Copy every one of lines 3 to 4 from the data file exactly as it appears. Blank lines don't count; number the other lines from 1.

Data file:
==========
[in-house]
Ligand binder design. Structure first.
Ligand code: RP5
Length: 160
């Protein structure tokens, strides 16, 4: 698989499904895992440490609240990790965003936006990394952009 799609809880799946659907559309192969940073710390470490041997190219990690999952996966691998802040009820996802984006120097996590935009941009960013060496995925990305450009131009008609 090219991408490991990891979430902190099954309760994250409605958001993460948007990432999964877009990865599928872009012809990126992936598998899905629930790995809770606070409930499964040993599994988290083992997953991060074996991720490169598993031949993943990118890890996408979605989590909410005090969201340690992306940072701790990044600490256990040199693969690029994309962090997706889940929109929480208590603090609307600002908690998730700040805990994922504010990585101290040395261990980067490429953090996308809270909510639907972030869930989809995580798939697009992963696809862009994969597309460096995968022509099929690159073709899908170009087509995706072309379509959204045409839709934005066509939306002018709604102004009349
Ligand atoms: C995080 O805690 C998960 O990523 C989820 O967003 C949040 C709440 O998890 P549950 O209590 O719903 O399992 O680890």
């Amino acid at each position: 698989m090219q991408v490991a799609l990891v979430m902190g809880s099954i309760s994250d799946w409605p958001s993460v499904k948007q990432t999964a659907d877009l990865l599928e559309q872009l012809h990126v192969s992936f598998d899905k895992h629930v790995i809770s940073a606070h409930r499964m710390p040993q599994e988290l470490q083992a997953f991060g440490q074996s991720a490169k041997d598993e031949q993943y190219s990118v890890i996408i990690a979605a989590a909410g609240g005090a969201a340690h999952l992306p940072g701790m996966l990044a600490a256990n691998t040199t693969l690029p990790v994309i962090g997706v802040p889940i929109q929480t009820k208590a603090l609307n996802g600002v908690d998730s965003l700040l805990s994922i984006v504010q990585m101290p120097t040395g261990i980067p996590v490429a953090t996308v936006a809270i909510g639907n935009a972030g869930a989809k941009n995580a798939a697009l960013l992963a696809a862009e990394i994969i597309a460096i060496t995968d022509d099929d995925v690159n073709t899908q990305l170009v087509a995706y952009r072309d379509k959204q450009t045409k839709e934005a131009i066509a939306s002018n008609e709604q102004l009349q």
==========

Ligand code: RP5
Length: 160